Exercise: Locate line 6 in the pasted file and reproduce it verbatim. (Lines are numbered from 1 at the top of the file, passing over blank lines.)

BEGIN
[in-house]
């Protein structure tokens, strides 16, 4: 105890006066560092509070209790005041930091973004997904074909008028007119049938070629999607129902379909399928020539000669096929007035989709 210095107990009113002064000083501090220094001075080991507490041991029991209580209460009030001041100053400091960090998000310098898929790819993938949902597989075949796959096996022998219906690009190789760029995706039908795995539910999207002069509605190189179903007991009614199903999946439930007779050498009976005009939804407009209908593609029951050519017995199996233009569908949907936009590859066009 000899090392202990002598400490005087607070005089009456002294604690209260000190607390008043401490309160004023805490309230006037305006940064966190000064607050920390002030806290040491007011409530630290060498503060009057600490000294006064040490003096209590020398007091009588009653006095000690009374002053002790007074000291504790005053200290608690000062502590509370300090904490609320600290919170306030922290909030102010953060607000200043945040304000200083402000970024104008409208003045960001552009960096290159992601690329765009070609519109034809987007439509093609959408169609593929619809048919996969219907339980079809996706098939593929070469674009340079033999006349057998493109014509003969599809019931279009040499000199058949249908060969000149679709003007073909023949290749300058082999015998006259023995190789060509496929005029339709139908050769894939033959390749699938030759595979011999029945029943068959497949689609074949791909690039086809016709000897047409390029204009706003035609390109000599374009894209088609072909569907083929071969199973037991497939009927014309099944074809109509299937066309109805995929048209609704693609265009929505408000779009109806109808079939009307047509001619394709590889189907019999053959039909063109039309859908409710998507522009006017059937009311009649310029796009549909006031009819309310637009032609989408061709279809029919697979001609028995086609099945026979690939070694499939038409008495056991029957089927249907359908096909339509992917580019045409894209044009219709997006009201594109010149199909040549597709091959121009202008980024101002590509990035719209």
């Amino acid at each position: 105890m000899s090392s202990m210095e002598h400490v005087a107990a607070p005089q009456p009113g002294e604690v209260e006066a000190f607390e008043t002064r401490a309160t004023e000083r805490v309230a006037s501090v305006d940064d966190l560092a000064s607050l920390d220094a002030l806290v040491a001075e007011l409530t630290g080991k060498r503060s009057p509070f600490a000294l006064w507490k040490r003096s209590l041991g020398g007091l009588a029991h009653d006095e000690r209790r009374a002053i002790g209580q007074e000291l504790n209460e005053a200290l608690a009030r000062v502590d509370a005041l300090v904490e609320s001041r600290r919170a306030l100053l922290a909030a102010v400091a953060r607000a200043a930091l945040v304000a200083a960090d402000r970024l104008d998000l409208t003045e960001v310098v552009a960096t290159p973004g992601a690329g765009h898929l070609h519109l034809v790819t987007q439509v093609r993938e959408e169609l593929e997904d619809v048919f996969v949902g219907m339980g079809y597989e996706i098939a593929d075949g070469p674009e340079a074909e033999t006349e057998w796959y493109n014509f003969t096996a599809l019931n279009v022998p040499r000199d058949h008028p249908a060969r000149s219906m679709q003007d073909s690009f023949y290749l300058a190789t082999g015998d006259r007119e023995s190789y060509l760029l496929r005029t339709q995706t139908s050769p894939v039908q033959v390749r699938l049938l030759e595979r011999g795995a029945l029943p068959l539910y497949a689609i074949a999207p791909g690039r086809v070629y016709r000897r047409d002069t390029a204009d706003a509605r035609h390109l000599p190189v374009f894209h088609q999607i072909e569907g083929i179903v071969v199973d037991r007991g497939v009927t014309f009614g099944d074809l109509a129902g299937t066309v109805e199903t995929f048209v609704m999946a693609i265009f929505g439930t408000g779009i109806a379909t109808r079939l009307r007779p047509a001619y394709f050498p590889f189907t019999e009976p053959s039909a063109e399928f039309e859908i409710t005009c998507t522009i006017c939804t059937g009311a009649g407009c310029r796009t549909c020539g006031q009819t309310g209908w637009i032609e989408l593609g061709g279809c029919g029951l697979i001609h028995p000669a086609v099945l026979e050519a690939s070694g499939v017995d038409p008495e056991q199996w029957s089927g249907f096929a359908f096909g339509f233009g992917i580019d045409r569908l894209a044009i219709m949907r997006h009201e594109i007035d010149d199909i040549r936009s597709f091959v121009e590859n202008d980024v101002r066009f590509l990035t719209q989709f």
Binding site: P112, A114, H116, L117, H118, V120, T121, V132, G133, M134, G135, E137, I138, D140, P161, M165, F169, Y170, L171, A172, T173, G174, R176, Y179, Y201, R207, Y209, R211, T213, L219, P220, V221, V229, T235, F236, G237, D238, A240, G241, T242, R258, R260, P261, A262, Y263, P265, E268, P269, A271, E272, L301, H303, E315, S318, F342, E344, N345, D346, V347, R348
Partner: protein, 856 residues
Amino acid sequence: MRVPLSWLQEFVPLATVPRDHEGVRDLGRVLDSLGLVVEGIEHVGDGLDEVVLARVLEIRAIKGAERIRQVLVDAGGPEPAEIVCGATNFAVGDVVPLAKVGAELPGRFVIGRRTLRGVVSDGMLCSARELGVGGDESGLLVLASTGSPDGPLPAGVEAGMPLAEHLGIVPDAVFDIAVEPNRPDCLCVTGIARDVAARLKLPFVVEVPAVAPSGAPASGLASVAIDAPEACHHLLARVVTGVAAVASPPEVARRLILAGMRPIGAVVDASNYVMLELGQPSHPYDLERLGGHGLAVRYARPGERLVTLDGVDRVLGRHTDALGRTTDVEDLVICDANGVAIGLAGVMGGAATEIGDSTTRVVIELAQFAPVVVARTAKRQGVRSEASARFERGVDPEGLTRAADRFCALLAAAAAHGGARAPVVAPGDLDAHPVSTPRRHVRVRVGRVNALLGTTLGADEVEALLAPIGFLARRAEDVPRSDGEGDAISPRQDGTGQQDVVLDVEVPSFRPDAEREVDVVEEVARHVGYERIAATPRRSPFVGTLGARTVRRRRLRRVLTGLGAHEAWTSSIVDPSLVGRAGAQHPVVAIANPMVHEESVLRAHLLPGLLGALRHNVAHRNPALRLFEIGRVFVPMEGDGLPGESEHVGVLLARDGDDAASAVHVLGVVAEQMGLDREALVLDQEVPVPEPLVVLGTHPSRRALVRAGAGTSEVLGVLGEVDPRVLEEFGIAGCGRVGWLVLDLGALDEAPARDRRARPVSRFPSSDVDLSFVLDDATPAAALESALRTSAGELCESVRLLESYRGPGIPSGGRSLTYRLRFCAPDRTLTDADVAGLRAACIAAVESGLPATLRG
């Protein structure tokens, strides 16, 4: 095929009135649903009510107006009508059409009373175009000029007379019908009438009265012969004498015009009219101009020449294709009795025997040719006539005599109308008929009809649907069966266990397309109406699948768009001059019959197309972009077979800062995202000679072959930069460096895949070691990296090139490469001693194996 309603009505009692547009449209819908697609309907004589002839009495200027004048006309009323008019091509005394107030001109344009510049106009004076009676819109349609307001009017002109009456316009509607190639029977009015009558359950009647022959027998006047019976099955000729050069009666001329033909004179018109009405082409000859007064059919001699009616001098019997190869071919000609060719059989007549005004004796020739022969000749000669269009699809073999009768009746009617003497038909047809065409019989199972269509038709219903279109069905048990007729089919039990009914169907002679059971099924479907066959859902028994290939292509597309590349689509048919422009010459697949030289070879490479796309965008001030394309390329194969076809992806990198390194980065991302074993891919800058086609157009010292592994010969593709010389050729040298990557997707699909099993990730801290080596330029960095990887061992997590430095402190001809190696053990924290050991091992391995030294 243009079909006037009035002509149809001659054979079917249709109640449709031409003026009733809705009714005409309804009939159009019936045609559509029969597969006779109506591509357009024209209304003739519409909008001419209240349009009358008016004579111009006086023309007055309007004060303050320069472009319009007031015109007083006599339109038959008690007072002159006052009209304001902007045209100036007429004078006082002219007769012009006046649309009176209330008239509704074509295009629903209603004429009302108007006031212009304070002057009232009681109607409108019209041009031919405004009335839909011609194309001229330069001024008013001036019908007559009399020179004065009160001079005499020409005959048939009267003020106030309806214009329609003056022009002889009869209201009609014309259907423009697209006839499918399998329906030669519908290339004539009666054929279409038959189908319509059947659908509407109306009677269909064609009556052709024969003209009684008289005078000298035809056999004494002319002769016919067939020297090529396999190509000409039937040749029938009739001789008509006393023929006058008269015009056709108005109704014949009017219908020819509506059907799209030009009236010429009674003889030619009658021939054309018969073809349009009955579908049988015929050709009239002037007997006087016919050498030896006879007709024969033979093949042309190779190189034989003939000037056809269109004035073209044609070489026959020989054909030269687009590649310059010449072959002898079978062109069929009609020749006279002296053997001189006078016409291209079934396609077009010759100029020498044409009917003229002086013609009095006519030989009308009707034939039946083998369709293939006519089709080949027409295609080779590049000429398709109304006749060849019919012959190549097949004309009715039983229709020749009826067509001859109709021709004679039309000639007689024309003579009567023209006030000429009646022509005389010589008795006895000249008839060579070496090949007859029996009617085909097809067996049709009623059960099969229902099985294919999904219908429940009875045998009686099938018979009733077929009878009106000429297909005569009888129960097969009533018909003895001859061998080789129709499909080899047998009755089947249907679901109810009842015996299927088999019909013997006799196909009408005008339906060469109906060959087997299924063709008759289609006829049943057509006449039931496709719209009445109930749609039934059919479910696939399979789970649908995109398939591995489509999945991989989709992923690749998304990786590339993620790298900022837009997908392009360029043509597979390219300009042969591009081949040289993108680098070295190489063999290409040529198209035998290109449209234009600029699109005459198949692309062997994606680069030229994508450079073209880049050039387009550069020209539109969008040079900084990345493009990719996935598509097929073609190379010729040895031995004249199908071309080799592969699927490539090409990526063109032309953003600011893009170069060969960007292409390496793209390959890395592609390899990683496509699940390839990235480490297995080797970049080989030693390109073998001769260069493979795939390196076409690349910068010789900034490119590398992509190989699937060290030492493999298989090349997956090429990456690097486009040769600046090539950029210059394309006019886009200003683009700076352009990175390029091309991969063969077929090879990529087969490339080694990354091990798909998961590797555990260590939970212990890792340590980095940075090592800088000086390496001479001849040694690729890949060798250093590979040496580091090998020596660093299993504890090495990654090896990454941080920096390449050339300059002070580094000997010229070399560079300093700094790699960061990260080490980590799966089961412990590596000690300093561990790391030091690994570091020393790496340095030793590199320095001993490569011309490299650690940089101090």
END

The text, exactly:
Amino acid sequence: MRVPLSWLQEFVPLATVPRDHEGVRDLGRVLDSLGLVVEGIEHVGDGLDEVVLARVLEIRAIKGAERIRQVLVDAGGPEPAEIVCGATNFAVGDVVPLAKVGAELPGRFVIGRRTLRGVVSDGMLCSARELGVGGDESGLLVLASTGSPDGPLPAGVEAGMPLAEHLGIVPDAVFDIAVEPNRPDCLCVTGIARDVAARLKLPFVVEVPAVAPSGAPASGLASVAIDAPEACHHLLARVVTGVAAVASPPEVARRLILAGMRPIGAVVDASNYVMLELGQPSHPYDLERLGGHGLAVRYARPGERLVTLDGVDRVLGRHTDALGRTTDVEDLVICDANGVAIGLAGVMGGAATEIGDSTTRVVIELAQFAPVVVARTAKRQGVRSEASARFERGVDPEGLTRAADRFCALLAAAAAHGGARAPVVAPGDLDAHPVSTPRRHVRVRVGRVNALLGTTLGADEVEALLAPIGFLARRAEDVPRSDGEGDAISPRQDGTGQQDVVLDVEVPSFRPDAEREVDVVEEVARHVGYERIAATPRRSPFVGTLGARTVRRRRLRRVLTGLGAHEAWTSSIVDPSLVGRAGAQHPVVAIANPMVHEESVLRAHLLPGLLGALRHNVAHRNPALRLFEIGRVFVPMEGDGLPGESEHVGVLLARDGDDAASAVHVLGVVAEQMGLDREALVLDQEVPVPEPLVVLGTHPSRRALVRAGAGTSEVLGVLGEVDPRVLEEFGIAGCGRVGWLVLDLGALDEAPARDRRARPVSRFPSSDVDLSFVLDDATPAAALESALRTSAGELCESVRLLESYRGPGIPSGGRSLTYRLRFCAPDRTLTDADVAGLRAACIAAVESGLPATLRG